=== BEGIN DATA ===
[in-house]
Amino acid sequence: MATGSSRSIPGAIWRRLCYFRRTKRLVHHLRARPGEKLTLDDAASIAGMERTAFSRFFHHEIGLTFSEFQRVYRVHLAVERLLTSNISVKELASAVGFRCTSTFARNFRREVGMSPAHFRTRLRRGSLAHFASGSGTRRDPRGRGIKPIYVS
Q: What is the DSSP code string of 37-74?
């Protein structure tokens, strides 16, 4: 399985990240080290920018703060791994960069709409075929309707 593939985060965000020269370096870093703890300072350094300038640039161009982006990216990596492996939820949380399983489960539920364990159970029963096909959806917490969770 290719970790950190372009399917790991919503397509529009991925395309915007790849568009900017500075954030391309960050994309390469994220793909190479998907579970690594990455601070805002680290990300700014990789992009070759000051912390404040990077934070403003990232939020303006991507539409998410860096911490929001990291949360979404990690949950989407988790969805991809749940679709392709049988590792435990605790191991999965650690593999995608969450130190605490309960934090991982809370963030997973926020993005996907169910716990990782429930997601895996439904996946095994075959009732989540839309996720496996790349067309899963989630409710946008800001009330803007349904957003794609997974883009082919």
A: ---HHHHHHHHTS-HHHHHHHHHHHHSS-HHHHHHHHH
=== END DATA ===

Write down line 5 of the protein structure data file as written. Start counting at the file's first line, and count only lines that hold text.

A: ---HHHHHHHHTS-HHHHHHHHHHHHSS-HHHHHHHHH